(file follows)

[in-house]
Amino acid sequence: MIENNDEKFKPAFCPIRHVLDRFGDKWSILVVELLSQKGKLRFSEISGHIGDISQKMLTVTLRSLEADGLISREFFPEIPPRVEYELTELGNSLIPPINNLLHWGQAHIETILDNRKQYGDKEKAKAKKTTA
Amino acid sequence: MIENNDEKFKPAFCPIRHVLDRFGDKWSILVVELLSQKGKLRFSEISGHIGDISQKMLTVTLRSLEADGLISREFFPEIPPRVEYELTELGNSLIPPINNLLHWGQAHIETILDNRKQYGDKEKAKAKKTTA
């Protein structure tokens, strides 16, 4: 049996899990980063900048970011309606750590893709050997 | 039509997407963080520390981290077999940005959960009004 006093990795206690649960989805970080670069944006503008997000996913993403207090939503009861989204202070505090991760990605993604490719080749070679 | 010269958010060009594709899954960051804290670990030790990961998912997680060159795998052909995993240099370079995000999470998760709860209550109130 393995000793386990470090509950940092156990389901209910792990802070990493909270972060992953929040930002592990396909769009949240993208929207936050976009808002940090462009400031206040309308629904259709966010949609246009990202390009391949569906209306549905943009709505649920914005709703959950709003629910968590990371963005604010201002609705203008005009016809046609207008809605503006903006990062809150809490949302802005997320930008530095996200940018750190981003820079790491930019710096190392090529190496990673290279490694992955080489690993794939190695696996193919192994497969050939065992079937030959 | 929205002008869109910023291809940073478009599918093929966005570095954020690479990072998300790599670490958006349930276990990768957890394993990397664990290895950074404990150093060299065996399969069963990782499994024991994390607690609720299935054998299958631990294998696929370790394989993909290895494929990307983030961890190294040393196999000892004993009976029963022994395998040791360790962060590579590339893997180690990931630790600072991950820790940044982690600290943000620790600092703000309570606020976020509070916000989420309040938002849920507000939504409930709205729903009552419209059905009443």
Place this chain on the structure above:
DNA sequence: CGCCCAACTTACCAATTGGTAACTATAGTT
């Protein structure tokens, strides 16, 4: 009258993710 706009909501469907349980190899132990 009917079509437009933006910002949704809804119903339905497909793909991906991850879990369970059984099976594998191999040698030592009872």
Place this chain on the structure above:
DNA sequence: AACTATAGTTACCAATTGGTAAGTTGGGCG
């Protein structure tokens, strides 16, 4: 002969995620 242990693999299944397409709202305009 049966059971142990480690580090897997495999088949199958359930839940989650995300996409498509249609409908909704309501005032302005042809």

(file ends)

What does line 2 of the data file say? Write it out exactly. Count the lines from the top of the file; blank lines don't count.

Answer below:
Amino acid sequence: MIENNDEKFKPAFCPIRHVLDRFGDKWSILVVELLSQKGKLRFSEISGHIGDISQKMLTVTLRSLEADGLISREFFPEIPPRVEYELTELGNSLIPPINNLLHWGQAHIETILDNRKQYGDKEKAKAKKTTA